The 4 Hardest Jobs to Keep
Although the unemployment rate (and maybe the economy in general) is improving, the change has been slow and somewhat inconsistent. The unemployment rate is different depending on the region or city in question, and varies quite dramatically by race, gender, and age, as well.
(Photo Credit: Canadian Film Centre/Flickr)
Similarly, unemployment data reveals varied circumstances for different industries. Recently 24/7 Wall St reviewed 2014 unemployment rates provided by the Bureau of Labor Statistics among workers in 564 occupations, ultimately compiling a list of occupations with the worst and best job security. Let’s take a look at today’s hardest jobs to keep.
1. Actors (median hourly pay – $21.04).
Unemployment rate: 32.7 percent
Acting has always been a tough way to make a living. But, a nearly one-third unemployment rate still seems like a terribly high figure just the same. The trouble here is probably what it’s always been – there are far more people who want to work as actors than there are roles available for them. Additionally, one job doesn’t necessarily lead to another in this field. All of these factors help to explain the extremely high unemployment rate among actors.
2. Telemarketers (median hourly wage – $9.97).
Unemployment rate: 21.8 percent
Telemarketers earn relatively low wages in comparison with other incomes reviewed for this report (a common trend among these hardest jobs to keep), and earnings in the profession are generally closely tied to job performance. Similar to other professions with low job security, there is a lot of pressure that comes along with this work. Perhaps that pressure is a contributing fact to the job’s high unemployment rate.
3. Helpers, construction trades (median hourly wage – $13.42).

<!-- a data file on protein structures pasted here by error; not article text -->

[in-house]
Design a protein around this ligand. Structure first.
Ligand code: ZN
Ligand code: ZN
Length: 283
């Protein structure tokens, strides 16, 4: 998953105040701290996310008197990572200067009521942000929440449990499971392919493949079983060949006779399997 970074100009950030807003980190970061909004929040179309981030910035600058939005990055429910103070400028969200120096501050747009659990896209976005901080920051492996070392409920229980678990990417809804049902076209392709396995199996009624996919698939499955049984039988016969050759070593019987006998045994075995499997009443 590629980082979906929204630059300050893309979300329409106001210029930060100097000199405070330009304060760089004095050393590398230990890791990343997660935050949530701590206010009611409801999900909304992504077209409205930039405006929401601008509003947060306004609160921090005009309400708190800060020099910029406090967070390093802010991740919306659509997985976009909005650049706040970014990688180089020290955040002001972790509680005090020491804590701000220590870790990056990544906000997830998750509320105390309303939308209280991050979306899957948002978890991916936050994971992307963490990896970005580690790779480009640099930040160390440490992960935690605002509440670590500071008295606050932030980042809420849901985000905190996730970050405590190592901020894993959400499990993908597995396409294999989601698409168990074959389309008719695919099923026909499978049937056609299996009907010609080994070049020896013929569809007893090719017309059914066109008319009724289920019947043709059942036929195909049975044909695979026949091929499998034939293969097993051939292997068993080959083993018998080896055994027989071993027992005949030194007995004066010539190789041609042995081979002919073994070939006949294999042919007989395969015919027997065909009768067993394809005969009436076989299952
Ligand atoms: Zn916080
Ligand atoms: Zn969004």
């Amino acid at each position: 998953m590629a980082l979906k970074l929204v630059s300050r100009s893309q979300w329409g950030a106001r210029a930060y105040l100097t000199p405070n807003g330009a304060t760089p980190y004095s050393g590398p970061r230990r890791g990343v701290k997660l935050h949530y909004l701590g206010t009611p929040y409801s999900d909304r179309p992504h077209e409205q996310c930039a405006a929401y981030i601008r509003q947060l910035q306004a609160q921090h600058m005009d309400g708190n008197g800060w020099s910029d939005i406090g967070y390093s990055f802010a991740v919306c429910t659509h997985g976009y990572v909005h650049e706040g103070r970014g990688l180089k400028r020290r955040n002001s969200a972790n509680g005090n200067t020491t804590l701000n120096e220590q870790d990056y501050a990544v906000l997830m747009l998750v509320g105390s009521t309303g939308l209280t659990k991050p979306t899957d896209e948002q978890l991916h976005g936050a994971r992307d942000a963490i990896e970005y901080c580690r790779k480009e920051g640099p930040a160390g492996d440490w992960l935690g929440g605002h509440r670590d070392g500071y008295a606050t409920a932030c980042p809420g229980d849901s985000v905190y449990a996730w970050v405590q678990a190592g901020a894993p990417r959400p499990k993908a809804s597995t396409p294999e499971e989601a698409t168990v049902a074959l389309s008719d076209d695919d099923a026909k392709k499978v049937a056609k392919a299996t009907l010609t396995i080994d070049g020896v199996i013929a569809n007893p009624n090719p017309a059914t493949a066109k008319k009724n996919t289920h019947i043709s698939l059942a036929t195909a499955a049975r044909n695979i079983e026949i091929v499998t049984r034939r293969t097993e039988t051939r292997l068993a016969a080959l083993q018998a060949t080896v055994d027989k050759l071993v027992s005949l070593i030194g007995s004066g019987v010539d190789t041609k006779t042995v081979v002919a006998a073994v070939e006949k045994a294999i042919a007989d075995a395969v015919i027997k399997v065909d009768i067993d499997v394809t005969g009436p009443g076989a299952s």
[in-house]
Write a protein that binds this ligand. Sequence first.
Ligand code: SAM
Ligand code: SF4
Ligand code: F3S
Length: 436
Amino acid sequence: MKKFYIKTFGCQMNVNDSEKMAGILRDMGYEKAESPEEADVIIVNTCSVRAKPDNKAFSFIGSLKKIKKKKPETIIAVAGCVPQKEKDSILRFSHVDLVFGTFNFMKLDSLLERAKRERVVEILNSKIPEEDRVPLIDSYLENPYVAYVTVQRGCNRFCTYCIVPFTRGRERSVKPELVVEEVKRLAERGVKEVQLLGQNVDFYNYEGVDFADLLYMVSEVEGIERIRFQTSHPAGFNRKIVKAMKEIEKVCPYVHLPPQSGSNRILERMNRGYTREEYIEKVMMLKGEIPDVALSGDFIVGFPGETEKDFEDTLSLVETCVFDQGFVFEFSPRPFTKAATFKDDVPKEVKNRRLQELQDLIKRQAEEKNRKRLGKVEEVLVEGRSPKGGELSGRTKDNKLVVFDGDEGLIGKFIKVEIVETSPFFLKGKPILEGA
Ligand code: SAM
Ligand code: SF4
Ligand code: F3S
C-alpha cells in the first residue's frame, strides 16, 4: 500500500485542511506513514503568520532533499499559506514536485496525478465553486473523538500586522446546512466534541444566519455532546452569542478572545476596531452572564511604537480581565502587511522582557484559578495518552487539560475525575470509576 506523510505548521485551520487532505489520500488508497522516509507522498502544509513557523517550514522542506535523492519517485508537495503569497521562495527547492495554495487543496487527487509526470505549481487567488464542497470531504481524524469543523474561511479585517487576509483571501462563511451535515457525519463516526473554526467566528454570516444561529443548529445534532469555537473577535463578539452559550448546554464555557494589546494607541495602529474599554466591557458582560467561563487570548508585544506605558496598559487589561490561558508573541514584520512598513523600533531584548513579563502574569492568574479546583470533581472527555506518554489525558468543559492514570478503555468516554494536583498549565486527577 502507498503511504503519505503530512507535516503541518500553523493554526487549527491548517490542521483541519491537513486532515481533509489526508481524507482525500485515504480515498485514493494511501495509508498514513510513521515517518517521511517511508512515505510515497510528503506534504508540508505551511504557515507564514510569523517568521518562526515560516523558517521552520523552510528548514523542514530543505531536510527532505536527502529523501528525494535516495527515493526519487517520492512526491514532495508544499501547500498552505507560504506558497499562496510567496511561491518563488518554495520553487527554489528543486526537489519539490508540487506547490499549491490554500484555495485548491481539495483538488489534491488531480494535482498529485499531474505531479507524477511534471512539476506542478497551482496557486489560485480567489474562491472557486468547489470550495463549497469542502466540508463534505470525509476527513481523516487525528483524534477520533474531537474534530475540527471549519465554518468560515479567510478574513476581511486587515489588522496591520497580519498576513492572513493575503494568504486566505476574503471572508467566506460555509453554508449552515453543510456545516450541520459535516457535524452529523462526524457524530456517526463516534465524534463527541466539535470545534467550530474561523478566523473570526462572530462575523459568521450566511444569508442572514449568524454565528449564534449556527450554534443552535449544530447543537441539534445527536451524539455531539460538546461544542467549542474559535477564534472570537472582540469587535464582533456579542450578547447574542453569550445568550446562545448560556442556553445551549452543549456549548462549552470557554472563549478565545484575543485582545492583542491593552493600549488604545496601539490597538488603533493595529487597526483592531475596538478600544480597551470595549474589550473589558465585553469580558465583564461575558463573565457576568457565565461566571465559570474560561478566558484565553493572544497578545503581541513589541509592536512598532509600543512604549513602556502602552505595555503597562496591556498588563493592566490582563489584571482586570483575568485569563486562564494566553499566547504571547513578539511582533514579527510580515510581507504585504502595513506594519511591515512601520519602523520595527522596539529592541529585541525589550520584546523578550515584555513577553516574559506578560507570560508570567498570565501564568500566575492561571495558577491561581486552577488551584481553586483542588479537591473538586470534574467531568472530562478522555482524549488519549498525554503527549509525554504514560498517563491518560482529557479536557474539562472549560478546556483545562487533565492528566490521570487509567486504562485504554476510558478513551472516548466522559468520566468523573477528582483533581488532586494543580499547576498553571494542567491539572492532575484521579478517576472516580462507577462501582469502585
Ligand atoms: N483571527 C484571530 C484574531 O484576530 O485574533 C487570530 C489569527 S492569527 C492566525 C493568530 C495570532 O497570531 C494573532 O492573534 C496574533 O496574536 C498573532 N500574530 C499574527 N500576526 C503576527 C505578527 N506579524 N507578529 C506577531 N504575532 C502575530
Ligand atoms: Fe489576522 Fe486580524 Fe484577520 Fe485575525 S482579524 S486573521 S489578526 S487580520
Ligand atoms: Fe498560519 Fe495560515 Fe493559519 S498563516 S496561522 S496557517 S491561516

Unemployment rate: 20.2 percent
Although this profession is expected to grow in the years to come, (due to our country’s aging infrastructure, more work is anticipated in the near future), today, about one in five construction helpers is out of work. This industry is arguably more linked to the economy than other professions, and housing development, for example, has fallen dramatically when compared with a decade ago. These workers are still feeling the effects of economic changes, and their unemployment rate proves it.
4. Graders and sorters, agricultural products (median hourly wage – $10.10).
Unemployment rate: 17.9 percent
According to Bureau of Labor Statistics predictions, agricultural grader and sorter positions are likely to continue to decline in the years to come. Perhaps the work is changing, and workers are being replaced by technology that can work through tasks more quickly, or maybe the projection is due to an anticipated decline in agriculture generally. Whatever the case, it is predicted that workers in this profession can anticipate continued difficulties.
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Gina Belli works as a teacher, freelance writer, and educational consultant, and lives in her beloved home state, Connecticut. She likes to write about education, work-life balance, and the economy. Given her arresting capacity to over-analyze anything interpersonal, her writing often tends to focus on some of the more emotional aspects of workplace connections and disconnections, as they relate to partnerships and teams, personality and communication styles, and leadership. In her free time, she likes to putter around her renovated one-room schoolhouse home, take walks in the woods, and eat as much guacamole as she can get her hands on.